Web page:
New Calvi’s finds a place to call home
MIDDLEBURY — Memories can be powerful — particularly if they are tethered to a specific taste or aroma.
For Helen Hall, it’s her childhood recollection of scaling one of the counter stools at Calvi’s old-fashioned ice cream shop to enjoy a rich, thick malt shake.
“I remember going there regularly after school,” she said. “They had the best malts. I still haven’t found any other place that can replace those malts.”
But her mouth-watering memory seemed destined to remain just that; Calvi’s closed its Main Street Middlebury doors 23 years ago, not long after the tragic death of its congenial scoop-master, Blaney Calvi Blodgett.
The nostalgic echoes were inescapable, trailing Hall from her hometown of Ripton to New York state and then the West Coast, where she spent 16 years after graduating from Middlebury Union High School in 2002. After earning a degree from Empire State College in Saratoga, N.Y., she carved out a career in the food service industry, working kitchens and dining rooms in a half-dozen different eateries.
She decided upon her return to Addison County last year that the next restaurant at which she worked would be her own.
And that’s when Hall, now 38, resolved to have her malt and drink it, too.
“I thought, ‘Someone should open up Calvi’s,’” Hall recalled. “Then it was like, ‘I should open up Calvi’s.’ It all made sense.”
It was a sweet idea, and she received ample encouragement from other Middlebury-area folks who had spent more than a couple carefree afternoons at Calvi’s shoveling down ice cream with one hand while toggling the controls of a Pac Man game table with the other.
Hall then spent several months developing a business plan for a new Calvi’s. She knew it had to have counter/bar seating to replicate the soda fountain ambiance. It had to mimic the original Calvi’s casual, inviting atmosphere. And it had to feature a limited menu with items done right.
A couple Pac Man tables would be a bonus, Hall acknowledged with a smile.
It didn’t take her long to settle on two menu staples: Ice cream malts and crepes.
“It’s a low-key menu right now, and will evolve over time,” she promised.
She’s been experimenting with different ice creams and malt recipes to recreate what had been her childhood obsession.
Hall has already got the crepes covered. Her resume includes work at a creperie, where she learned how to whip up the best batter to make the pillowy, paper-thin wraps for all things savory and sweet. Nutella, fruit preserves, buffalo chicken, cheeses and bananas — and more — are all invited to the party.
Next, Hall embarked on a search for the appropriate space for the new Calvi’s. And as it turned out, she picked a prime time to put her business plan into motion. Downtown Middlebury last year was carrying around a dozen storefront vacancies created primarily by the COVID-19 pandemic, a major rail tunnel project, and market forces. The Better Middlebury Partnership launched an aggressive effort to fill those spots through a “Kick Start” competition that promised startup funding and other amenities to the most auspicious business plans.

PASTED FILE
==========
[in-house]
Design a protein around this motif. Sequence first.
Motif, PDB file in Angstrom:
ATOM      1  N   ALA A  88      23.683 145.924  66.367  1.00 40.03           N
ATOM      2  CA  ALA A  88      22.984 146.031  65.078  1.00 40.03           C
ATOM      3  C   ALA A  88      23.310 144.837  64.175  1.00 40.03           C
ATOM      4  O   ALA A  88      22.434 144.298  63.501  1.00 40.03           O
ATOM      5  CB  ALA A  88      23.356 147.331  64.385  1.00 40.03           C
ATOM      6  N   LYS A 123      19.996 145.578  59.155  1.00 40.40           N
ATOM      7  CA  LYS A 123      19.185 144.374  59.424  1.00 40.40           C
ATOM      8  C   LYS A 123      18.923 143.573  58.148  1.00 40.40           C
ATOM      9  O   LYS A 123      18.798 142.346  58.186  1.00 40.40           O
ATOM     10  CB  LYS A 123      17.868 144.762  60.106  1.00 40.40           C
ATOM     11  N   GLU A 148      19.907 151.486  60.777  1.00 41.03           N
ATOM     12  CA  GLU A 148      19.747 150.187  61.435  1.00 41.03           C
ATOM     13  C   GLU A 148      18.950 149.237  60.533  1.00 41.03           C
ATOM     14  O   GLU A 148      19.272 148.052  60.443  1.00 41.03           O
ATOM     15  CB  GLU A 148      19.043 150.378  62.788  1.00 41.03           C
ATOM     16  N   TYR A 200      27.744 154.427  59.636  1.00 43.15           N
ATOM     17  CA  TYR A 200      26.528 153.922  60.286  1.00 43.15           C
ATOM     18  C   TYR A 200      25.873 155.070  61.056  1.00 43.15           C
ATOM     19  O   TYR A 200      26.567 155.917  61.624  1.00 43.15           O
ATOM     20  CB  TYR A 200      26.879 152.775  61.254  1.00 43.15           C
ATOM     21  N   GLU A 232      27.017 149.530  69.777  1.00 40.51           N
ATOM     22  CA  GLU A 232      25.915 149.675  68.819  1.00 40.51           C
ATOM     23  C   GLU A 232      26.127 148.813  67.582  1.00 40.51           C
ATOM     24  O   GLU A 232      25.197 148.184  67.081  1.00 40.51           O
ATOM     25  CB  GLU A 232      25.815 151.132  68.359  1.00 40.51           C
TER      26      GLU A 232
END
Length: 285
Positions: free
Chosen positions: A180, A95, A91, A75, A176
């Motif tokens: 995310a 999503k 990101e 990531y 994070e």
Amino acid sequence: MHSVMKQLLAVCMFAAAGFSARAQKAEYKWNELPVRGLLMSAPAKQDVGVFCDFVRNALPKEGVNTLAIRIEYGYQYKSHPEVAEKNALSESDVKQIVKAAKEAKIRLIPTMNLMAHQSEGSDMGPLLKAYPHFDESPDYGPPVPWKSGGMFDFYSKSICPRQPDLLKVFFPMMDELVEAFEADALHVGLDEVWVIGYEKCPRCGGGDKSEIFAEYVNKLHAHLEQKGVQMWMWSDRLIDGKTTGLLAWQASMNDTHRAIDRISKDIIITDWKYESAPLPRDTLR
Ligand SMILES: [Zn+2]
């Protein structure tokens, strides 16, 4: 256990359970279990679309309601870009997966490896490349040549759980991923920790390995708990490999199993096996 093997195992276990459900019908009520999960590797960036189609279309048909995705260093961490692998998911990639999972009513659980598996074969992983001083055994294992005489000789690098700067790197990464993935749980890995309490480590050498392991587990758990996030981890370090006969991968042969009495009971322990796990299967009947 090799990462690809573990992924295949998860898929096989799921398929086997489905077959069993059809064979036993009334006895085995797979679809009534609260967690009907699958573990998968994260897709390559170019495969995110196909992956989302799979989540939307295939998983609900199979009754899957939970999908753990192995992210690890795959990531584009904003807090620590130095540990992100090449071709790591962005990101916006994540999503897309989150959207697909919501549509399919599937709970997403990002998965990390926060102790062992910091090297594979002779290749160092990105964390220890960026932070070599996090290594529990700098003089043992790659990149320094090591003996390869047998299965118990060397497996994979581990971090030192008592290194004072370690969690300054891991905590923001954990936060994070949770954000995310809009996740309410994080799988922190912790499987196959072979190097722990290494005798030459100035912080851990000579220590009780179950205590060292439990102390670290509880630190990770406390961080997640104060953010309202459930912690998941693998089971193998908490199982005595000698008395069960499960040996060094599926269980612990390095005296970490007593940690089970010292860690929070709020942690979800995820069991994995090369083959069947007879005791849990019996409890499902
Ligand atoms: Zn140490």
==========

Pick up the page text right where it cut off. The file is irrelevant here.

Calvi’s was among those that made the cut, ensuring Hall around $20,000 in financing and another $5,000 in supports to get things rolling.
“The Kick Start aid is a major game changer for me,” Hall said at the time. “It will not only give me great financial help in starting my business — especially with rent and renovations — but there will be amazing opportunity for business growth with this aid.”
It took a while for Hall to find the right spot, but she believes she’s found it in the Marble Works, in a spot (111 Maple St., unit 24) soon to be vacated by the 11th Hour Botanical Wellness & Spa-fé. Hall and an architect have been sizing up the space for renovations that will allow for a spring 2022 launch of Calvi’s.
Hall is aiming for indoor and outdoor seating. Her original vision called for a full-fledged sit-down restaurant, but she’s tempered that plan in view of a COVID-19 pandemic that has at least temporarily complicated in-person dining.
The original Calvi’s was on Main Street, but Hall is content to have its new incarnation located a stone’s throw away, in the Marble Works.
“I fell in love with the idea of being in the Marble Works; I felt it would be a great place to have a business,” she said. “There’s a lot of foot traffic through here, it’s a pretty location (near the Otter Creek Falls) and easy parking.”
If things go according to plan, Hall will find great success and pass along her Calvi’s enthusiasm to the next generation — including her two children, Lincoln, 5, and Quinn, 3.
“It’s something I love to do, that I want to do, and is also helping the community — it checked all those boxes,” she said of her venture.
Reporter John Flowers is at [email protected].
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